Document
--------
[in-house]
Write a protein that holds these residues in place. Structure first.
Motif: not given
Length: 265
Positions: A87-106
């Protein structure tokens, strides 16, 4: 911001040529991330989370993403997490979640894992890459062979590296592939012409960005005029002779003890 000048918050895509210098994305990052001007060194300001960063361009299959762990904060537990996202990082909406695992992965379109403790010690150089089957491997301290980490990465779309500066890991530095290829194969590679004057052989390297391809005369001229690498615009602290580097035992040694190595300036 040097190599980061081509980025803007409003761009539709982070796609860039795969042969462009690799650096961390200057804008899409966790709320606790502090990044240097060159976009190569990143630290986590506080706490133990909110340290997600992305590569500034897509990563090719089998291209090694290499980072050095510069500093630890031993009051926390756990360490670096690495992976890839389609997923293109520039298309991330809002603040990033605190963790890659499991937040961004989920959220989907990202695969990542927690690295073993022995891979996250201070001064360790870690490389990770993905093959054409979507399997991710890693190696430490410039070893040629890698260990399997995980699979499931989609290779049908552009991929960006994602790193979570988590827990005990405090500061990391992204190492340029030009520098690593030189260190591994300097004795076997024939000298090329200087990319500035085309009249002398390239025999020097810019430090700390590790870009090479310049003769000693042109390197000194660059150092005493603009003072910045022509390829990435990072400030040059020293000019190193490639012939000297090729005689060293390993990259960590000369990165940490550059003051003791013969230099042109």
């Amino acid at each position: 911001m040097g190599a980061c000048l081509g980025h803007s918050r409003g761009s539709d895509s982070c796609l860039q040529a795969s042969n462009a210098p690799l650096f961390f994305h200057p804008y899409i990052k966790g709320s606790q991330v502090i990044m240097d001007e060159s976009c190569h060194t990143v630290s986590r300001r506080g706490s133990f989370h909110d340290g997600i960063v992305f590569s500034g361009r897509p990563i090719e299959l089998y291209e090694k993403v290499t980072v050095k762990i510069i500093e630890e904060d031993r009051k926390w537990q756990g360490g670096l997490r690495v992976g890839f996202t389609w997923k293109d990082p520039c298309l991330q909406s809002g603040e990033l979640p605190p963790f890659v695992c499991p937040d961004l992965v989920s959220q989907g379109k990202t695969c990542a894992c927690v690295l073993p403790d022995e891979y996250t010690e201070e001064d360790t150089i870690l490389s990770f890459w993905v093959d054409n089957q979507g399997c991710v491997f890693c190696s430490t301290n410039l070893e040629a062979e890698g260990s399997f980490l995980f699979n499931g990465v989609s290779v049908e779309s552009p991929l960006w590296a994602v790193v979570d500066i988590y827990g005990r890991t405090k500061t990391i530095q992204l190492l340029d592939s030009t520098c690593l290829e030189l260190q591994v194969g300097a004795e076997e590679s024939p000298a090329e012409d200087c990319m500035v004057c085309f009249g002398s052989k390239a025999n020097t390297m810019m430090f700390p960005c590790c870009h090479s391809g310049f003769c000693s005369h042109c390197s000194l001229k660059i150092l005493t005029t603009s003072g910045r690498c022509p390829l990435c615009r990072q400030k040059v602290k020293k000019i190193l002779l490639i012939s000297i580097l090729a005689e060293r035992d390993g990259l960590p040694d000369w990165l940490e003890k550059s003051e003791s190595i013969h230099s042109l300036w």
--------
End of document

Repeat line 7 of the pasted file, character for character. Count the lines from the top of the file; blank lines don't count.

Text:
């Amino acid at each position: 911001m040097g190599a980061c000048l081509g980025h803007s918050r409003g761009s539709d895509s982070c796609l860039q040529a795969s042969n462009a210098p690799l650096f961390f994305h200057p804008y899409i990052k966790g709320s606790q991330v502090i990044m240097d001007e060159s976009c190569h060194t990143v630290s986590r300001r506080g706490s133990f989370h909110d340290g997600i960063v992305f590569s500034g361009r897509p990563i090719e299959l089998y291209e090694k993403v290499t980072v050095k762990i510069i500093e630890e904060d031993r009051k926390w537990q756990g360490g670096l997490r690495v992976g890839f996202t389609w997923k293109d990082p520039c298309l991330q909406s809002g603040e990033l979640p605190p963790f890659v695992c499991p937040d961004l992965v989920s959220q989907g379109k990202t695969c990542a894992c927690v690295l073993p403790d022995e891979y996250t010690e201070e001064d360790t150089i870690l490389s990770f890459w993905v093959d054409n089957q979507g399997c991710v491997f890693c190696s430490t301290n410039l070893e040629a062979e890698g260990s399997f980490l995980f699979n499931g990465v989609s290779v049908e779309s552009p991929l960006w590296a994602v790193v979570d500066i988590y827990g005990r890991t405090k500061t990391i530095q992204l190492l340029d592939s030009t520098c690593l290829e030189l260190q591994v194969g300097a004795e076997e590679s024939p000298a090329e012409d200087c990319m500035v004057c085309f009249g002398s052989k390239a025999n020097t390297m810019m430090f700390p960005c590790c870009h090479s391809g310049f003769c000693s005369h042109c390197s000194l001229k660059i150092l005493t005029t603009s003072g910045r690498c022509p390829l990435c615009r990072q400030k040059v602290k020293k000019i190193l002779l490639i012939s000297i580097l090729a005689e060293r035992d390993g990259l960590p040694d000369w990165l940490e003890k550059s003051e003791s190595i013969h230099s042109l300036w």